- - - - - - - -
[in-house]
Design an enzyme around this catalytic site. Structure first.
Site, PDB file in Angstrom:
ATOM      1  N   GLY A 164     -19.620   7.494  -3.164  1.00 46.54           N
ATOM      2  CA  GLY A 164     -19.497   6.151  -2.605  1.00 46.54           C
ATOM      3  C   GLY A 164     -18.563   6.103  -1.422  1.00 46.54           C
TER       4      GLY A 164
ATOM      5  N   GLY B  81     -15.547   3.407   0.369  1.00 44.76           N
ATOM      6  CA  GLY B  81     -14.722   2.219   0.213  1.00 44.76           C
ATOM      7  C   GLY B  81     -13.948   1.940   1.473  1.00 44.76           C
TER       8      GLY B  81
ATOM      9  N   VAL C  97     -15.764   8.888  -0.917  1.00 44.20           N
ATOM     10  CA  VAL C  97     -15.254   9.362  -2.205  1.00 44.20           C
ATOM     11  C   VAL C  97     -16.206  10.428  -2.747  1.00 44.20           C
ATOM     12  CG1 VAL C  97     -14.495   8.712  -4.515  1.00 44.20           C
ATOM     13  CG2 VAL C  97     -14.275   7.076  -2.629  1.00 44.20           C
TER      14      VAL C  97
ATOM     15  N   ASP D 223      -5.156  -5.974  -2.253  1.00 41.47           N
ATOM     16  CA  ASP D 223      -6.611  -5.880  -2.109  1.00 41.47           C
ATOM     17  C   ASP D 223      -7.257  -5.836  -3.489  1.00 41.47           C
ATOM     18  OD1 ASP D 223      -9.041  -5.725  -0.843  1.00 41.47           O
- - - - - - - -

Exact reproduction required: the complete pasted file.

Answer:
[in-house]
Design an enzyme around this catalytic site. Structure first.
Site, PDB file in Angstrom:
ATOM      1  N   GLY A 164     -19.620   7.494  -3.164  1.00 46.54           N
ATOM      2  CA  GLY A 164     -19.497   6.151  -2.605  1.00 46.54           C
ATOM      3  C   GLY A 164     -18.563   6.103  -1.422  1.00 46.54           C
TER       4      GLY A 164
ATOM      5  N   GLY B  81     -15.547   3.407   0.369  1.00 44.76           N
ATOM      6  CA  GLY B  81     -14.722   2.219   0.213  1.00 44.76           C
ATOM      7  C   GLY B  81     -13.948   1.940   1.473  1.00 44.76           C
TER       8      GLY B  81
ATOM      9  N   VAL C  97     -15.764   8.888  -0.917  1.00 44.20           N
ATOM     10  CA  VAL C  97     -15.254   9.362  -2.205  1.00 44.20           C
ATOM     11  C   VAL C  97     -16.206  10.428  -2.747  1.00 44.20           C
ATOM     12  CG1 VAL C  97     -14.495   8.712  -4.515  1.00 44.20           C
ATOM     13  CG2 VAL C  97     -14.275   7.076  -2.629  1.00 44.20           C
TER      14      VAL C  97
ATOM     15  N   ASP D 223      -5.156  -5.974  -2.253  1.00 41.47           N
ATOM     16  CA  ASP D 223      -6.611  -5.880  -2.109  1.00 41.47           C
ATOM     17  C   ASP D 223      -7.257  -5.836  -3.489  1.00 41.47           C
ATOM     18  OD1 ASP D 223      -9.041  -5.725  -0.843  1.00 41.47           O